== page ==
Painting with Ink
Pauline Baynes (1922 - 2008):
Interior Decorating for the Artist
Pauline Baynes (1922 - 2008):Artist Spotlight
by Giovanna Adams
Pauline Baynes (September 9, 1922- August 1, 2008): "A Palette of Middle Earth and Narnia"
Pauline Baynes was a prolific painter and designer who provided exquisitely detailed illustrations for numerous books and magazines, but she will always be associated with the work she did in the 1950s for author C.S. Lewis’s The Chronicles of Narnia.
It was on the recommendations of J.R.R. Tolkien, whose Farmer Giles of Ham she had illustrated in 1949, that Baynes received the commission from Lewis. She was only in her mid-twenties, but her role in creating Narnia was a lifelong passion. She worked on them again almost half a century later for a commemorative edition. In a 2006 interview by Tanya Edwards, Pauline mentioned that she still received mail from all round the world from people who are largely unaware that she had ever illustrated anything else, “I think it is the fate of the illustrator. Look at Ernest Shepard. He was so brilliant and did so much fine work, but people only associate him with Pooh and Piglet. It is the penalty of hitching your wagon star.”(1)
Her early years were spent in India, where her father was commissioner in the Indian Civil Service. At the age of 5, she and her elder sister came to England for their schooling. Pauline attended the Slade School of Fine Art, but after a year she made demonstration models for instruction with the Ministry of Defense. She was soon transferred to a map-making department. That knowledge was later used to good effect in drawing maps of Narnia for C.S. Lewis and of Middle-Earth for J.R.R. Tolkien (2).
Among the other books that Pauline’s drawings enhanced were Tolkien’s The Adventures of Tom Bombadil, Smith of Wotton Major, his Poems and Stories and the single volume paperback edition of the cover to The Lord of the Rings. She also illustrated the cover of the bestselling Puffin edition of Richard Adams’s Watership Down.
Pauline worked in gouache, pen and ink and dry brush. Her passion was for detail. She was also a highly proficient designer, creating borders partly so that her figure could burst out of them. Among the finest and most inventive of Baynes’s illustrations are those she painted for various selections from The Arabian Nights, which -- like those she did for Rosemary Harris’s The Enchanted Horse (1982) -- drew upon her love and wide knowledge of Persian and Indian miniatures. Equally impressive was her work on Grant Uden’s A Dictionary of Chivalry (1968), which took her two and a half years to complete and which won her a Kate Greenaway Medal. Her accuracy was such that when the 600 or so illustrations were submitted to the scrutiny of a heraldry expert only one alteration was requested: a knight was found to be holding his lance incorrectly. She readily admitted her few weaknesses as an artist: “I can’t draw anything modern,” she once said. “I’m not very good at buildings, and if you asked me to I couldn’t draw a liner or a train.” (3)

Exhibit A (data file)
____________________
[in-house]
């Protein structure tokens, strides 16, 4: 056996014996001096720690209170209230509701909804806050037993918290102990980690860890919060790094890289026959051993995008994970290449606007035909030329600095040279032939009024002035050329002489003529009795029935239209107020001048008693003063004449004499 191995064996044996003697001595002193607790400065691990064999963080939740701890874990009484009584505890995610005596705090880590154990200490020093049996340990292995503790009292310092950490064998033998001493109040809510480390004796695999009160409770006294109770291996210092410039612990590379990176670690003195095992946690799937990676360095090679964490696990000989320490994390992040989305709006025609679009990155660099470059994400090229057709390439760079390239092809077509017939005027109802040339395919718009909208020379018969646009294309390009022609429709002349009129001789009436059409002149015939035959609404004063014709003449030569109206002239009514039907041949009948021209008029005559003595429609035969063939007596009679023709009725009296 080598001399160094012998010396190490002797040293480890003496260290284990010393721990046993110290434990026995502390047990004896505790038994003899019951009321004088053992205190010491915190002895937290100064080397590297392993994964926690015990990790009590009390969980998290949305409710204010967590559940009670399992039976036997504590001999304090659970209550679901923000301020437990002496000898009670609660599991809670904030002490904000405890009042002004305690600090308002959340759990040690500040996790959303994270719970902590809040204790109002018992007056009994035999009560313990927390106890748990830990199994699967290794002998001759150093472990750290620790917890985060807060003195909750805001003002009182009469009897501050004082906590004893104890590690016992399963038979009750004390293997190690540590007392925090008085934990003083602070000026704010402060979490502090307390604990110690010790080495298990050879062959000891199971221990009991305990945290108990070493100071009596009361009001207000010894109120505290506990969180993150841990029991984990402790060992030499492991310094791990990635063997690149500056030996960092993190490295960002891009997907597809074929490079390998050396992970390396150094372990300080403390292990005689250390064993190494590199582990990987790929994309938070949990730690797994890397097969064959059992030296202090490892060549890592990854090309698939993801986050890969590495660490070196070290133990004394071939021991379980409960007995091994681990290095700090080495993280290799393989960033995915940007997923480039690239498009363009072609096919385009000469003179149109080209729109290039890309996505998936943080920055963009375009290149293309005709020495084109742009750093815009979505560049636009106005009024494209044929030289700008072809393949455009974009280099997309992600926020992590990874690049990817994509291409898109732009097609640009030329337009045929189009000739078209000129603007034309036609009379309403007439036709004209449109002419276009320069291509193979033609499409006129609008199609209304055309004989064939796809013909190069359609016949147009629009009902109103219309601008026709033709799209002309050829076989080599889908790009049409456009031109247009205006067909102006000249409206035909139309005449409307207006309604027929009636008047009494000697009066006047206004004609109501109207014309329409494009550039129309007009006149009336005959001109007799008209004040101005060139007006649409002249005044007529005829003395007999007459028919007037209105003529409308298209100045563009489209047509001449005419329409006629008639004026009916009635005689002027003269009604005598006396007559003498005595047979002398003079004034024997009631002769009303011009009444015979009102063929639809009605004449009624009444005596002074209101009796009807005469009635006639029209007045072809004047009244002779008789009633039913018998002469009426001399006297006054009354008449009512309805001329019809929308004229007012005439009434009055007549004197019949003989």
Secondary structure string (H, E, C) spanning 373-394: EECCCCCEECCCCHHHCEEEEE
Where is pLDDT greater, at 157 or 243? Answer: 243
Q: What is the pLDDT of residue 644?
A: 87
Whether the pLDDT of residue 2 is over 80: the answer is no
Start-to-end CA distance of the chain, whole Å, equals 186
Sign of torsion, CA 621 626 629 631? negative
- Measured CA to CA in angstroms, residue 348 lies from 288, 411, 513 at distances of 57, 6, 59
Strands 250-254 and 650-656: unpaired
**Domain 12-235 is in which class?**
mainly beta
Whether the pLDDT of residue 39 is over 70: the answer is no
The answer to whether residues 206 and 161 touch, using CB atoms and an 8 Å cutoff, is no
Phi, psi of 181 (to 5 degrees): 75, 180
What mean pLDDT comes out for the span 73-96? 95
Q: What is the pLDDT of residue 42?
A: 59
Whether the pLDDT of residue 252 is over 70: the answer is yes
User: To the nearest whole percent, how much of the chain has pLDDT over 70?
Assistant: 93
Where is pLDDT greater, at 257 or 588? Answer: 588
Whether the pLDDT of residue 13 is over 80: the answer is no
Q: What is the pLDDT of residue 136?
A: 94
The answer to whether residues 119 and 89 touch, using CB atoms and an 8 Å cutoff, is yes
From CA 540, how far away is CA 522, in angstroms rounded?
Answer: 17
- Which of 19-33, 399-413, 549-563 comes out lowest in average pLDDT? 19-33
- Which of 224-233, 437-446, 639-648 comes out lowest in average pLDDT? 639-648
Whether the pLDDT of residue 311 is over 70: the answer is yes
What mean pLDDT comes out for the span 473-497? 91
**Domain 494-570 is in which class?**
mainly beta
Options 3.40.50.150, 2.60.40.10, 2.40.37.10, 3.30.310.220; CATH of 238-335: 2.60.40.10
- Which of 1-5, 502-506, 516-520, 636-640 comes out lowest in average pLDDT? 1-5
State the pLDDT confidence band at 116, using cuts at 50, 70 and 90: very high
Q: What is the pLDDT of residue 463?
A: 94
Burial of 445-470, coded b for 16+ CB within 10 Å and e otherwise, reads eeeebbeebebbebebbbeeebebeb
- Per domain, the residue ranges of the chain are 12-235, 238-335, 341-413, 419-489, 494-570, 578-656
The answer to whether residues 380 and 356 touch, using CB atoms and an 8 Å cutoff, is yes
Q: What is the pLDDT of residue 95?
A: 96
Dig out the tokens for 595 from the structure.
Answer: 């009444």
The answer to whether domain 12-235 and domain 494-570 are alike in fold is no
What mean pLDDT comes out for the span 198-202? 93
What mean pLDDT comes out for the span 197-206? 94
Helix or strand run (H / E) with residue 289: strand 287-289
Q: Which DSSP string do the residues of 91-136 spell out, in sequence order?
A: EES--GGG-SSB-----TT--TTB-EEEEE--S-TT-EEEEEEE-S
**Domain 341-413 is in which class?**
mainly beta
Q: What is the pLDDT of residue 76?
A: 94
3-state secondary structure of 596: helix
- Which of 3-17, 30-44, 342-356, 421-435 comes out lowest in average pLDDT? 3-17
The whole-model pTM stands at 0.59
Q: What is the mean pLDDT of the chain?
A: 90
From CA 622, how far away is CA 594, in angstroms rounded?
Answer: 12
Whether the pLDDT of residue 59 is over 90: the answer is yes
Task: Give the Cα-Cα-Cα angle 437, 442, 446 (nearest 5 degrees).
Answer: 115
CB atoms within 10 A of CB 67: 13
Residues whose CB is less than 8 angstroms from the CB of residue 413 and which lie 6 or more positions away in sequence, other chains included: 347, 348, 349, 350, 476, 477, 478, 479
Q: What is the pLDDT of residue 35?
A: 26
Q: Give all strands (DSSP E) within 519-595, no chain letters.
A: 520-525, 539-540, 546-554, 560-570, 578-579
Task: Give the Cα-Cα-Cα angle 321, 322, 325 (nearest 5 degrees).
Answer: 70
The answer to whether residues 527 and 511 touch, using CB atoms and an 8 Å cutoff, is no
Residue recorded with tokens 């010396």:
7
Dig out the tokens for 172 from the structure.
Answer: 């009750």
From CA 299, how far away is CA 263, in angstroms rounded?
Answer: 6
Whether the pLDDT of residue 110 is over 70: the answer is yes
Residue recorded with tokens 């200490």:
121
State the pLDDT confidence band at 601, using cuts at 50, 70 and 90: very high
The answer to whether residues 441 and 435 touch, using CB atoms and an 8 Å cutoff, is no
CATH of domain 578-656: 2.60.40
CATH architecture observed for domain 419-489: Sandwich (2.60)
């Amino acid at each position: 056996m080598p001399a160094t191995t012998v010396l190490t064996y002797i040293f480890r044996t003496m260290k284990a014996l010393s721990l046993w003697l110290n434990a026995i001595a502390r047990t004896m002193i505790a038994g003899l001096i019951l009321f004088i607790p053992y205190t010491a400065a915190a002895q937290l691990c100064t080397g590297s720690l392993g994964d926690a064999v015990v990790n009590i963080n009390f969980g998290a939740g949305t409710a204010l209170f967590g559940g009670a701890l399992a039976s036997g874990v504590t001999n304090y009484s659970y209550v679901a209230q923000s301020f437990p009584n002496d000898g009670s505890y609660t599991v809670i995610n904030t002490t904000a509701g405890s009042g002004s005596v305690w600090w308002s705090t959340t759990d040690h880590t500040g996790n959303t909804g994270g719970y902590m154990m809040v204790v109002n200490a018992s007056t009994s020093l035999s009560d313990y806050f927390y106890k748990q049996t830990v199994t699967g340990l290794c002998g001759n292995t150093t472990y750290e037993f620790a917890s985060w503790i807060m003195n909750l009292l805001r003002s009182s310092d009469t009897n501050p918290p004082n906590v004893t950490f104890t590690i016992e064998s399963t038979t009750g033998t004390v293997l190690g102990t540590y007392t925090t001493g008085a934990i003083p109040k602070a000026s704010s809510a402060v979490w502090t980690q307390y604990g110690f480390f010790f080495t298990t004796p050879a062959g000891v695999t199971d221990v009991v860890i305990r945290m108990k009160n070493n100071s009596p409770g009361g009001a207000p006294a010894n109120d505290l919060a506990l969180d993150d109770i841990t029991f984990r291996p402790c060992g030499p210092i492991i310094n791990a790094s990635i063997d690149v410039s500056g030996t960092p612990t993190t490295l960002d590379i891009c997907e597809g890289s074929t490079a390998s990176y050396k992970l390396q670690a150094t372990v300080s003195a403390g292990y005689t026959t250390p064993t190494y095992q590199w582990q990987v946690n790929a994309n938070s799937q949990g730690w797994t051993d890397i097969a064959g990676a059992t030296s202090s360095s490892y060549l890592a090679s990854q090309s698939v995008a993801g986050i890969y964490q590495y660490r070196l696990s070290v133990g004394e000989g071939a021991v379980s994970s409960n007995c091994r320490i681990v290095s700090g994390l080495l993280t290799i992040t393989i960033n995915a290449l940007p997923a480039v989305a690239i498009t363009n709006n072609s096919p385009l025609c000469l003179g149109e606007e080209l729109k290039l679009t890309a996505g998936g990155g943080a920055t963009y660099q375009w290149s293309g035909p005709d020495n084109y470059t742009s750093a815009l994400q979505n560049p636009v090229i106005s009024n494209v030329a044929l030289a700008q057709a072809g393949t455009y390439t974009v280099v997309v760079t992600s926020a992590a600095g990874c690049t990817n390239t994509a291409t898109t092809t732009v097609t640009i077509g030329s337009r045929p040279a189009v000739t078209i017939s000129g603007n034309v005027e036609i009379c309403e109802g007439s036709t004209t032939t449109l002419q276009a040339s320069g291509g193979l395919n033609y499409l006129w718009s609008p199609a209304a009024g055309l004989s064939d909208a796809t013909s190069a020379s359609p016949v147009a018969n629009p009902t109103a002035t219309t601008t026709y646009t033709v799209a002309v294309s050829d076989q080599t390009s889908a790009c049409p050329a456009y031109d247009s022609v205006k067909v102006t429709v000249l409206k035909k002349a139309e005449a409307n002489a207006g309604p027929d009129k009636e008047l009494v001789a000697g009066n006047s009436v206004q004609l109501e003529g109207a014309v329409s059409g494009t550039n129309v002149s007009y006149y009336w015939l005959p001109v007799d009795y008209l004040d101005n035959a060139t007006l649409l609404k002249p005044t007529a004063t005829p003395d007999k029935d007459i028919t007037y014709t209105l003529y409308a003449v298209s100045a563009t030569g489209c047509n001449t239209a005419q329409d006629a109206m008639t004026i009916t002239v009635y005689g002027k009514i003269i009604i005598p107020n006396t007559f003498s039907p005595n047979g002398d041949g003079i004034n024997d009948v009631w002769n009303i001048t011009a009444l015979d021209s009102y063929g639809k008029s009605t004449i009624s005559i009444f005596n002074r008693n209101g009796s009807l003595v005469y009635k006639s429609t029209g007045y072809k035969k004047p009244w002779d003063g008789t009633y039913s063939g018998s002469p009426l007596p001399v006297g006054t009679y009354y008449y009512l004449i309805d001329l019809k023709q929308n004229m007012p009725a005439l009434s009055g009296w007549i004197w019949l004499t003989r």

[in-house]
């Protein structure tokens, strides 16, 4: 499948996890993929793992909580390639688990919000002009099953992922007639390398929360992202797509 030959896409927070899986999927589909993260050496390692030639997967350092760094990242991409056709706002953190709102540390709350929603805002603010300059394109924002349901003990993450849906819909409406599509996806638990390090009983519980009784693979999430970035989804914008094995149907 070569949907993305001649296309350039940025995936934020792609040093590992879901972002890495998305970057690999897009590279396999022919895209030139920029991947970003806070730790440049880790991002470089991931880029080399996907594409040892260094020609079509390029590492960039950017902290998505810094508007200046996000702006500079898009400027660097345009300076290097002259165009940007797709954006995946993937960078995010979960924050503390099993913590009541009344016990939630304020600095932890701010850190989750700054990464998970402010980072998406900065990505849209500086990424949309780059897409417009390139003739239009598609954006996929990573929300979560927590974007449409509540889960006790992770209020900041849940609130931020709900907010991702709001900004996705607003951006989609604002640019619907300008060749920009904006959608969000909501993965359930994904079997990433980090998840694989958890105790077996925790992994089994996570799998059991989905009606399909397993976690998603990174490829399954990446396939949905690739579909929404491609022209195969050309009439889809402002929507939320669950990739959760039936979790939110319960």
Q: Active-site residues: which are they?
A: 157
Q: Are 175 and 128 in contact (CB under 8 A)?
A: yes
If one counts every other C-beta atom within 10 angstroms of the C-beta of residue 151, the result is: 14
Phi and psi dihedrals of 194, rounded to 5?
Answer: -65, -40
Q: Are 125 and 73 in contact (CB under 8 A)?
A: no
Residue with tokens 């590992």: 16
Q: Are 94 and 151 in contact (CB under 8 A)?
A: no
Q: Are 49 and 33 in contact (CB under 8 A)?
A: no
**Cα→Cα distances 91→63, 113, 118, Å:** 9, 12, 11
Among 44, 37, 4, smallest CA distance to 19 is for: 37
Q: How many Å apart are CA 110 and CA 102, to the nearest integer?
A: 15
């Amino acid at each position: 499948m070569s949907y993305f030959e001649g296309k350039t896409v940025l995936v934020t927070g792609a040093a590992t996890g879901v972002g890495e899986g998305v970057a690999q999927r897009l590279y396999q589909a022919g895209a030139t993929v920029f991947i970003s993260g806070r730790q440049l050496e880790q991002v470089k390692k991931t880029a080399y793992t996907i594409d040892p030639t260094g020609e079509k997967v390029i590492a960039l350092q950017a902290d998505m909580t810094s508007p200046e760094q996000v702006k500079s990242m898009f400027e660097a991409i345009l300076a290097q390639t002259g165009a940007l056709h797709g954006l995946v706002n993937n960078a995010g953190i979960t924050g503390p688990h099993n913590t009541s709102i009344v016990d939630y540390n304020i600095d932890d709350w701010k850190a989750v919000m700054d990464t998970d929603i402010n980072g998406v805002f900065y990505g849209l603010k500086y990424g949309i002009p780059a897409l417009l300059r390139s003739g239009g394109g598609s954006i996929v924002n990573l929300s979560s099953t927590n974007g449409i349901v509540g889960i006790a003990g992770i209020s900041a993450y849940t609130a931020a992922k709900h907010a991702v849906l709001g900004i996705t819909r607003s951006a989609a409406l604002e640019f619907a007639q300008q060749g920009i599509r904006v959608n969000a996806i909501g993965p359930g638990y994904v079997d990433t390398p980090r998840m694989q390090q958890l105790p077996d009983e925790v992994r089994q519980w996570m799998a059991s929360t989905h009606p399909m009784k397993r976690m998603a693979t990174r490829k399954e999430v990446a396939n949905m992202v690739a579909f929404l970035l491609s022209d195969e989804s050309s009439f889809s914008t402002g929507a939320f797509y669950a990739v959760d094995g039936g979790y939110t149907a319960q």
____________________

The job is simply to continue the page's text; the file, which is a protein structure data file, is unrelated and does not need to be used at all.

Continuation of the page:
Pauline devoted herself to her drawing, leading a peaceful life of solitude as she lived in a cottage near her parents. In 1961 her solitude was interrupted by a knock on the door from the local dog-meat man, an ex-German prisoner-of-war called Fritz Otto Gasch. Within weeks of meeting, he and Pauline married. When Fritz died suddenly in 1988, the shock made her lose large chunks of her memory. "I can hardly remember anything about our time together. Fortunately, I had my work to keep me busy." This was the second personal blow Baynes received; the other was the early death from cancer of her sister, from which, friends felt, she never really recovered. (4)
According to her friend Brian Sibley, "Pauline had a ceaselessly inquiring mind and energetically debated every topic imaginable. She could be sharply critical and quixotically changeable; she never suffered fools gladly, sniffed out cant and hypocrisy in a second and enjoyed nothing better than the kind of conversation which could veer from total seriousness to helpless laughter. Her sharp, dry wit remained with her through the year and her ready laughter tended to be both prolonged and infectious." By 2008, increasingly frail but fiercely independent, she continued to work right up until her death on August 1. "Everything else," she said, "seems somehow a waste of time." (5)
1) Gale Literary Databases. "Pauline (Diana) Bates." Contemporary Authors. 24 September, 2002.
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